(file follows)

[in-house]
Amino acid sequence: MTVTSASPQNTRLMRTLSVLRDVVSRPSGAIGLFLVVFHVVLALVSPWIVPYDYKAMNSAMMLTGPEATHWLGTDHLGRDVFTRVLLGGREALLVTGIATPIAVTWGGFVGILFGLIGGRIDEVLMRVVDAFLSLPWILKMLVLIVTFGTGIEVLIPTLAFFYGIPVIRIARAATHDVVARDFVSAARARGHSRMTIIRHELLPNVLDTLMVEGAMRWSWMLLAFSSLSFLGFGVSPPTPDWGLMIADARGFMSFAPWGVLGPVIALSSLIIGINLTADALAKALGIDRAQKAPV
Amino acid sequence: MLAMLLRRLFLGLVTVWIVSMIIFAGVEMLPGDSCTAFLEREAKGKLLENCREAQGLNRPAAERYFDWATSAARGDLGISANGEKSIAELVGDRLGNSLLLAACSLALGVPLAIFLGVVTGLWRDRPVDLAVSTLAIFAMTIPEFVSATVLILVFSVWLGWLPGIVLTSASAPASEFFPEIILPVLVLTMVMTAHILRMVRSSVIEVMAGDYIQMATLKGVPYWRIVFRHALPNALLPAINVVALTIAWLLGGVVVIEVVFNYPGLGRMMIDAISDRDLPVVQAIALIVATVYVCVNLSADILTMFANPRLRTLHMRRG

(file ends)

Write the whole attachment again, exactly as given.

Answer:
[in-house]
Amino acid sequence: MTVTSASPQNTRLMRTLSVLRDVVSRPSGAIGLFLVVFHVVLALVSPWIVPYDYKAMNSAMMLTGPEATHWLGTDHLGRDVFTRVLLGGREALLVTGIATPIAVTWGGFVGILFGLIGGRIDEVLMRVVDAFLSLPWILKMLVLIVTFGTGIEVLIPTLAFFYGIPVIRIARAATHDVVARDFVSAARARGHSRMTIIRHELLPNVLDTLMVEGAMRWSWMLLAFSSLSFLGFGVSPPTPDWGLMIADARGFMSFAPWGVLGPVIALSSLIIGINLTADALAKALGIDRAQKAPV
Amino acid sequence: MLAMLLRRLFLGLVTVWIVSMIIFAGVEMLPGDSCTAFLEREAKGKLLENCREAQGLNRPAAERYFDWATSAARGDLGISANGEKSIAELVGDRLGNSLLLAACSLALGVPLAIFLGVVTGLWRDRPVDLAVSTLAIFAMTIPEFVSATVLILVFSVWLGWLPGIVLTSASAPASEFFPEIILPVLVLTMVMTAHILRMVRSSVIEVMAGDYIQMATLKGVPYWRIVFRHALPNALLPAINVVALTIAWLLGGVVVIEVVFNYPGLGRMMIDAISDRDLPVVQAIALIVATVYVCVNLSADILTMFANPRLRTLHMRRG